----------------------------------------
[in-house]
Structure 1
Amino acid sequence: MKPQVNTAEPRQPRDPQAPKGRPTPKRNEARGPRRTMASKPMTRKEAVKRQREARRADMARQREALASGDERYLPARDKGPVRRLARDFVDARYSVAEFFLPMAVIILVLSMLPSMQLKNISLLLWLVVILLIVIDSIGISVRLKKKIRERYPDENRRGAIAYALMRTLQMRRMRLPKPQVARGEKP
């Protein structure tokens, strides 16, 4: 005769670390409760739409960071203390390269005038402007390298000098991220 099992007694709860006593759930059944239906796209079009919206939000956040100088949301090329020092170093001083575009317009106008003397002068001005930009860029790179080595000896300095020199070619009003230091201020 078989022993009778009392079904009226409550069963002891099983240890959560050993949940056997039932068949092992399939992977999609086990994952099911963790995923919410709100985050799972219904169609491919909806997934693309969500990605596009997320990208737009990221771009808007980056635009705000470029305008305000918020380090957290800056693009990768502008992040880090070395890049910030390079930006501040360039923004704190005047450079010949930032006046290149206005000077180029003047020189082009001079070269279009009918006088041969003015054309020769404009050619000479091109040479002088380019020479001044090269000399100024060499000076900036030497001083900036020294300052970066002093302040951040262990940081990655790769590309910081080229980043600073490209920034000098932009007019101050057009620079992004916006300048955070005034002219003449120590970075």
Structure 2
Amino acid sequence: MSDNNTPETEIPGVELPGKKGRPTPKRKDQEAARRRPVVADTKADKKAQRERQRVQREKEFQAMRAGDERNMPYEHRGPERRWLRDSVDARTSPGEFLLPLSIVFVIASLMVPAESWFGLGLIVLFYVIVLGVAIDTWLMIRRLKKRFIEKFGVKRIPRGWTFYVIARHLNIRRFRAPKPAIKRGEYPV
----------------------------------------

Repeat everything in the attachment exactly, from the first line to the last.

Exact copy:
[in-house]
Structure 1
Amino acid sequence: MKPQVNTAEPRQPRDPQAPKGRPTPKRNEARGPRRTMASKPMTRKEAVKRQREARRADMARQREALASGDERYLPARDKGPVRRLARDFVDARYSVAEFFLPMAVIILVLSMLPSMQLKNISLLLWLVVILLIVIDSIGISVRLKKKIRERYPDENRRGAIAYALMRTLQMRRMRLPKPQVARGEKP
């Protein structure tokens, strides 16, 4: 005769670390409760739409960071203390390269005038402007390298000098991220 099992007694709860006593759930059944239906796209079009919206939000956040100088949301090329020092170093001083575009317009106008003397002068001005930009860029790179080595000896300095020199070619009003230091201020 078989022993009778009392079904009226409550069963002891099983240890959560050993949940056997039932068949092992399939992977999609086990994952099911963790995923919410709100985050799972219904169609491919909806997934693309969500990605596009997320990208737009990221771009808007980056635009705000470029305008305000918020380090957290800056693009990768502008992040880090070395890049910030390079930006501040360039923004704190005047450079010949930032006046290149206005000077180029003047020189082009001079070269279009009918006088041969003015054309020769404009050619000479091109040479002088380019020479001044090269000399100024060499000076900036030497001083900036020294300052970066002093302040951040262990940081990655790769590309910081080229980043600073490209920034000098932009007019101050057009620079992004916006300048955070005034002219003449120590970075």
Structure 2
Amino acid sequence: MSDNNTPETEIPGVELPGKKGRPTPKRKDQEAARRRPVVADTKADKKAQRERQRVQREKEFQAMRAGDERNMPYEHRGPERRWLRDSVDARTSPGEFLLPLSIVFVIASLMVPAESWFGLGLIVLFYVIVLGVAIDTWLMIRRLKKRFIEKFGVKRIPRGWTFYVIARHLNIRRFRAPKPAIKRGEYPV